“The S Word” is a documentary by Lisa Klein which follows the stories of suicide attempt survivors as told through the eyes of the photographer and activist, Dese’Rae Stage. Stage’s own experience lead her to create the LiveThroughThis.org project, which explores the stories of other suicide attempt survivors.
The movie shows the diversity of the people who had attempted suicide– they come from all walks of life, different cultures, different upbringings. They are mothers, fathers, brothers, sisters and friends. Some were able to put the idea of attempting suicide behind them and for some the choice is a line they walk every day, but teach themselves to choose life. They all find something that grounds them in the here and now – their family, the work they do around suicide prevention and awareness, their friends and, more broadly, the “tribe” of those who understand the struggle.
What combines the narratives of everyone in the documentary is their call to start the conversation around suicide – the forbidden “S word.” They acknowledge the societal stigma and feelings of shame around suicide. They are aware that the change starts with the language we use – such as the word “committed” which carries a vaguely criminal connotation versus “died by” – a more objective, humane way to describe the act. The acceptance starts with the conversation. The absence of such conversations, as uncomfortable as they may be in the mainstream, is what may prevent people you know from openly talking about their suicidal thoughts and seeking help.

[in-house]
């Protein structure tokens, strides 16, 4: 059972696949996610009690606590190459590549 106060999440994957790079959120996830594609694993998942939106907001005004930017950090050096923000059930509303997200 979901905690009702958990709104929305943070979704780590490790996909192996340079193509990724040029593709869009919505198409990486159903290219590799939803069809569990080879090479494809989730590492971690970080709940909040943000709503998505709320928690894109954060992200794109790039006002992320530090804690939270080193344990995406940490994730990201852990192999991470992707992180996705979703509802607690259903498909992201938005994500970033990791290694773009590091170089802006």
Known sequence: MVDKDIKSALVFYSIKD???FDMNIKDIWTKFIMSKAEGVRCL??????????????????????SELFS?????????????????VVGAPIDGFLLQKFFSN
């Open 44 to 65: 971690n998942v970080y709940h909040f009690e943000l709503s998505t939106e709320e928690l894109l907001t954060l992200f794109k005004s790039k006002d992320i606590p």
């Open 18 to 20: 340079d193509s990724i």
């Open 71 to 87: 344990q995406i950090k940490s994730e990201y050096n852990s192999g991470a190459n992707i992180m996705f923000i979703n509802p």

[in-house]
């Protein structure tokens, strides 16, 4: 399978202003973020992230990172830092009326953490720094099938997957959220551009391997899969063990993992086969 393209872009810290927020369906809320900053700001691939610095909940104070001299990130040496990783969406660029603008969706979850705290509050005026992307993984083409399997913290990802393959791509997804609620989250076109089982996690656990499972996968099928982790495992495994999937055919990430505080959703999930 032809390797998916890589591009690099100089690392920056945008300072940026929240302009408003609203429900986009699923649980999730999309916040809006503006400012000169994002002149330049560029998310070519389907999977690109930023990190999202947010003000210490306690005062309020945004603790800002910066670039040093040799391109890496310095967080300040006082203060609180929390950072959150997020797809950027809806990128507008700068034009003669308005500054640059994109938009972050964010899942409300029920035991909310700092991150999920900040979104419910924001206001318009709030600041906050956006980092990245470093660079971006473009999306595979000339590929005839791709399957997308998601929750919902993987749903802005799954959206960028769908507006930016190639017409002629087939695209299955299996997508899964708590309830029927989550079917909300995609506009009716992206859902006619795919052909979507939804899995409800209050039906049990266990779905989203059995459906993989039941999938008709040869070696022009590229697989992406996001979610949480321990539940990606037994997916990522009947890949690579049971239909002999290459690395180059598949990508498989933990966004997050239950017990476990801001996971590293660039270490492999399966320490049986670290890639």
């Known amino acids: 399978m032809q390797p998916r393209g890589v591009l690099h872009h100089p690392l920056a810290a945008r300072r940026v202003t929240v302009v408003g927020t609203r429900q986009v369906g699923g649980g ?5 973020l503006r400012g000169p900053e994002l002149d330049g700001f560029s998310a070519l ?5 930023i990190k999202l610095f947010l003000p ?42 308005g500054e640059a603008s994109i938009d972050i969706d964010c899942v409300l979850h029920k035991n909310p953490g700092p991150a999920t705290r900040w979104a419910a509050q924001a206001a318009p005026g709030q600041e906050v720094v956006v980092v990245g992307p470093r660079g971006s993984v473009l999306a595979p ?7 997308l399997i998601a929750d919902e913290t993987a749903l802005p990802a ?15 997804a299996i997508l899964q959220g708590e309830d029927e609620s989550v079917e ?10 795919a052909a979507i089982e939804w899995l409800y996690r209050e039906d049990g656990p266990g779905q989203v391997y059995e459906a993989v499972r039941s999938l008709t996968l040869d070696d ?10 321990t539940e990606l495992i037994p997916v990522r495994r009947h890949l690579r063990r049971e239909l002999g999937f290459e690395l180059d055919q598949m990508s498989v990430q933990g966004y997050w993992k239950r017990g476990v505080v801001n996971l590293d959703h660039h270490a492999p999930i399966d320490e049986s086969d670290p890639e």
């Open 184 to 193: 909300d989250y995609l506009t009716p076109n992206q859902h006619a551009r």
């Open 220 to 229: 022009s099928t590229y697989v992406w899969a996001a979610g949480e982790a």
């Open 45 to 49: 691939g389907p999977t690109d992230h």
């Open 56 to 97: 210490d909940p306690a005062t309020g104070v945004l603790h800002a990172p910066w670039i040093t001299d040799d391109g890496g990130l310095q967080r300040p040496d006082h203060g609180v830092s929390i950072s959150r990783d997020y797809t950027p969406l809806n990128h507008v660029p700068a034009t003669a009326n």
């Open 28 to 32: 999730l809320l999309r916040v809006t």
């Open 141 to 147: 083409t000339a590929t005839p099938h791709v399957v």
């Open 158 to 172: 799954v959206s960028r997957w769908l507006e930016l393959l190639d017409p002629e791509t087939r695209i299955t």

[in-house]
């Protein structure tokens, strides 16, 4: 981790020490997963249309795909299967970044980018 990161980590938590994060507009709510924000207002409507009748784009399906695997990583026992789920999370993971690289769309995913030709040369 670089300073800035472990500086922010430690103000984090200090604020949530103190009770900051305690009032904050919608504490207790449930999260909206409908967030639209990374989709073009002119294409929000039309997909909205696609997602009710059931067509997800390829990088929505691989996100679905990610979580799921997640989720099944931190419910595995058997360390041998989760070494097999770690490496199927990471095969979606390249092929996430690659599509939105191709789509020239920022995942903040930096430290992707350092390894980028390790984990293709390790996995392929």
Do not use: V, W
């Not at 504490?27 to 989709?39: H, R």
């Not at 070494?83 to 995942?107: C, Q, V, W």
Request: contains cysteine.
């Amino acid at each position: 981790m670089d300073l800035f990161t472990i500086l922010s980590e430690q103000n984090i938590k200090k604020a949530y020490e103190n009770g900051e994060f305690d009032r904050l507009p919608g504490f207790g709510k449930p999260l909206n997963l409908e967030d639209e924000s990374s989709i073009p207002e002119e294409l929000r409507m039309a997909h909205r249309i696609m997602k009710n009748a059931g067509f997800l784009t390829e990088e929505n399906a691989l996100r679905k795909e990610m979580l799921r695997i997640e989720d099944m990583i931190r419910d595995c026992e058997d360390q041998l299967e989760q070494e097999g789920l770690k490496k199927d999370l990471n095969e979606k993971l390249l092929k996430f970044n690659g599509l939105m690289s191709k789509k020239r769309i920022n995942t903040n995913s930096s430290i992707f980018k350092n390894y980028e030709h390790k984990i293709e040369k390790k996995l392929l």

All of the interviewed people state in some form that finding a connection and someone who cares during the critical moment is the first step towards prevention. This openness can only start once we lift the taboo surrounding the discussions around suicide because for some people the thoughts about further attempts continue and they need ongoing support and acceptance. They need to be able to speak up.
As the advocate Leah Harris mentions, psychiatry and the mental health system cannot save everyone. Being able to find a place where you belong and are able to express yourself freely goes a long way towards suicide prevention.
You can access the full movie here: https://www.docplus.com/details/the-s-word/jigdJ0xm/.
If you or anyone you know is in distress, please reach out and speak to someone at the following resources:
- Crisis Services Canada
- The Suicide Prevention Service (US)
- Open Counselling Hotlines (global resource)
- Association québécoise de prévention du suicide
- Distress Centres of Greater Toronto
- Crisis Line Association of BC
- Alberta’s Mental Health Help Life
- Suicide Action Montreal
- Kids Help Phone
- Wellness Together Canada
Feature Image: ElisaRiva On Pixabay, Creative Commons